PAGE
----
Washington, D.C. is seeing a huge shift toward . Right now, there is a bill going through the D.C. council in an attempt to establish a higher objective than has been approved by any other state at this point in time.

Supporting A Solar Shift

Many have taken issue with the views of current politicians on climate change. But the district which is home to the United States central government is taking things very seriously. As a matter of fact, prepping is being done to establish a more aspiring renewable energy directive than has been seen in any other state up to now. There are many who recognize the benefits of renewable energy, such as solar power. And there are many in positions of power who recognize the benefits of shifting toward solar.

The very first opportunity to discuss a brand new bill was recently held by the City Council of Washington D.C. This bill would mandate area utilities to obtain all electric power from clean energy sources (such as solar power) by the year 2032. This is a big deal, as it is twice the present number requirements.

Hawaii takes the lead for having the most aspiring renewable portfolio standard strategy in America. What does Hawaii’s stance on renewables look like? Their policy calls for 100 percent renewable energy over the next two plus decades, by the year 2045. The target in California is not far off, mandating 100 percent carbon neutrality in the same time frame.

Supercharging Solar

Setting such a directive for renewable/solar energy is a strong move in the shift to solar. The aforementioned D.C. bill would have some impressive specifications, for instance, that utilities would need a minimum of five percent of their power to come from solar over the next 14 years, by 2032. There is a section detailing an interesting term – essentially, the standard for solar is to increase if numbers happen to be surpassed in any particular year. Here’s how this will work: let’s say the solar energy accomplished in a specific year has exceeded the solar energy numbers set forth for that year. Now, for the succeeding year, the solar energy expectation will go up by one, combined with the variance between the solar expectation in said year and the percentage of solar achieved for that year. This number would then be multiplied by the following year’s solar energy level of attainment (with certain restrictions put in place). Overwhelmed yet? The numbers can start to get a little bit confusing, but the point is that this bill is expected to really supercharge solar.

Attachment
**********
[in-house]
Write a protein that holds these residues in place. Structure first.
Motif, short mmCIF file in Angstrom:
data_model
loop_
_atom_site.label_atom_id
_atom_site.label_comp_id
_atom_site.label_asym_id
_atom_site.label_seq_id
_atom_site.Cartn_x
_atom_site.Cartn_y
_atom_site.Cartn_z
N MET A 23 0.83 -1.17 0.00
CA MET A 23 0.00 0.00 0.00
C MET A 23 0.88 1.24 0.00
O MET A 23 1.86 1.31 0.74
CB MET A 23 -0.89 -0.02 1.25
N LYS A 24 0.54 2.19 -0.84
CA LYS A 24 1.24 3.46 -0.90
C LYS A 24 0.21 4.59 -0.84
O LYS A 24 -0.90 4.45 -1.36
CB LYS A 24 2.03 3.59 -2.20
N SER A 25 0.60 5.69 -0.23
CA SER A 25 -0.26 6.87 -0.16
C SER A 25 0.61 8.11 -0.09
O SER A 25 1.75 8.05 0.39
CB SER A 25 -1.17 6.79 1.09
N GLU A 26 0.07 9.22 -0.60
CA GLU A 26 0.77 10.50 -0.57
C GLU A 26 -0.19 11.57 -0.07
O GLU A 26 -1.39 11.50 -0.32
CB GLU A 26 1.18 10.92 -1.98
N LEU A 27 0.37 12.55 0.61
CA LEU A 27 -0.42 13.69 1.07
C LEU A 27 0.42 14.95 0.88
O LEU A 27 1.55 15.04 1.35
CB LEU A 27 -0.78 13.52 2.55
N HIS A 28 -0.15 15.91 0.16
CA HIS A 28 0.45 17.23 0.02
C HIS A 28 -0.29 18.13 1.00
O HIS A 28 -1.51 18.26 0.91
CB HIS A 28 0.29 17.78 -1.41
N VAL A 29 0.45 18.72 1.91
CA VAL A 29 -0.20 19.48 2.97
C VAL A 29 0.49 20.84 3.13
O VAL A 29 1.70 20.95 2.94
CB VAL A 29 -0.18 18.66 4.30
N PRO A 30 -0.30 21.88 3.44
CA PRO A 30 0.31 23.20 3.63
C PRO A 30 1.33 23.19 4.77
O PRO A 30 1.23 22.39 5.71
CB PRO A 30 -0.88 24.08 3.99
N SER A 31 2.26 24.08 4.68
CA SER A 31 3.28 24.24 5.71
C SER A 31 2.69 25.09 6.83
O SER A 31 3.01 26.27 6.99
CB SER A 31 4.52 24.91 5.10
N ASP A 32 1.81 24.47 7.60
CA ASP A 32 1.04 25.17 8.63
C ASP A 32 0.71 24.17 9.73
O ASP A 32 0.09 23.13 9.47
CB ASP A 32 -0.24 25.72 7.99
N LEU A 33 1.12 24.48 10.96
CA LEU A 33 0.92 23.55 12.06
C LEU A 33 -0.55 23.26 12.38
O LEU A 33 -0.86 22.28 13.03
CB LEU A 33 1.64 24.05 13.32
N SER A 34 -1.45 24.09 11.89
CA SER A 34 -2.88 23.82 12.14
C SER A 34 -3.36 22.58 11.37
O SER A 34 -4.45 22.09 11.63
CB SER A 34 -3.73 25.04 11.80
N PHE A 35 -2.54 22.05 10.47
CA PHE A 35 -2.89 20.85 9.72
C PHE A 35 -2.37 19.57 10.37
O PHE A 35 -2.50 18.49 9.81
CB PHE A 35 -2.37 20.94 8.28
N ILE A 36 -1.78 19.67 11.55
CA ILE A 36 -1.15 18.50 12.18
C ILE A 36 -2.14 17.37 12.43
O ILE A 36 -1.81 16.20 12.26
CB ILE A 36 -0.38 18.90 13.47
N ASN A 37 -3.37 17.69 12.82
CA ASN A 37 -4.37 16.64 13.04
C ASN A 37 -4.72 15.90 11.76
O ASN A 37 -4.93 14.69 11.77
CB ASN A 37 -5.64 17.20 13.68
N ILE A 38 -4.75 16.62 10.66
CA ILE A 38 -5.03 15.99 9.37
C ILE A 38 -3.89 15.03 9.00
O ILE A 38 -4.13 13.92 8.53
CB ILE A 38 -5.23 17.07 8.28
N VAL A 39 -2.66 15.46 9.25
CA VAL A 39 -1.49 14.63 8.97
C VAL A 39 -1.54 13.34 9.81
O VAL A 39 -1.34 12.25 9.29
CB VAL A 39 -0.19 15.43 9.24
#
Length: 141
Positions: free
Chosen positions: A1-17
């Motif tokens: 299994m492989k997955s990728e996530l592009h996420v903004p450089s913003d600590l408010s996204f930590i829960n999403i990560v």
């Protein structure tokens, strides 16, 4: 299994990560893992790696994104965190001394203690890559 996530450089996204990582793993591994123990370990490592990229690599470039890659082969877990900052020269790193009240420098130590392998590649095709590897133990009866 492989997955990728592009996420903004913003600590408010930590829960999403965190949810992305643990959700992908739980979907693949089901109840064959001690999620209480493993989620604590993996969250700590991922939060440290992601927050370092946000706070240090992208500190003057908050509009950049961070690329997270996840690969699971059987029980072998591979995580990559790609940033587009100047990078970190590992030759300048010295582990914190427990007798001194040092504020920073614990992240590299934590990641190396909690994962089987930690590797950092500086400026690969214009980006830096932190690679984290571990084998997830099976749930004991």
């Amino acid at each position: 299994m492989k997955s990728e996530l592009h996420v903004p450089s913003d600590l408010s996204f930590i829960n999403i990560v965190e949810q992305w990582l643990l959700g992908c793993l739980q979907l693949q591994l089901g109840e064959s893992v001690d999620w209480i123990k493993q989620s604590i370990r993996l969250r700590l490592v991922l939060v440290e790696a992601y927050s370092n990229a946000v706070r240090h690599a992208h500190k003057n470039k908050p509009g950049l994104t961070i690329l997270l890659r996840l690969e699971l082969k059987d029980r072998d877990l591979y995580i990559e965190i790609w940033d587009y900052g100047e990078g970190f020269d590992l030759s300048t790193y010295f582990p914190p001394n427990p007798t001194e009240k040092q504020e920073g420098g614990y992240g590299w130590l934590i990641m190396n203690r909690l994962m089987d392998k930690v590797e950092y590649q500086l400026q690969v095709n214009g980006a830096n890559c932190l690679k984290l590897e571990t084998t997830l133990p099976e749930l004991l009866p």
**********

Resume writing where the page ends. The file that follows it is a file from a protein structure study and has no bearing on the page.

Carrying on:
Speaking of numbers, where exactly does Washington D.C. stand when it comes to solar? D.C. produced more than 51 GWh of electric power from solar in 2017. This new bill, though, would necessitate multiplying this number by three in terms of solar usage by the end of 2019.

By the year 2033, things would certainly start to take off in terms of the solar and renewable energy standards. Why? Because starting in 2033, the numbers for solar energy for each year will be decided by multiplying the percentage of solar energy attained in the two previous years, and this number would be multiplied by one with the addition of the average increase in percentage of solar capacity in the previous two years.

But let’s not focus too much on numbers.

The impressive solar bill needs to move through the Committee on Business and Economic Development and the Committee on Transportation and the Environment, prior to the final vote.

Many have conveyed support so far. Clearly, there is an interest in taking advantage of renewable energy. The benefits to the planet are recognized by many. Stay in the loop by following solar news. Who knows – maybe the White House will end up getting a bit of a makeover, if you will, with solar panels visible throughout the magnificent property. How is solar being used in your area to make a positive difference for the planet?

Sources:

https://www.pv-magazine.com/2018/10/12/washington-dc-100-renewables-bill-could-supercharge-solar/

https://www.everbluetraining.com/blog/bringing-solar-power-back-white-house

Photo Source: https://cdn.pixabay.com/photo/2016/08/26/20/01/the-white-house-1623005_960_720.jpg

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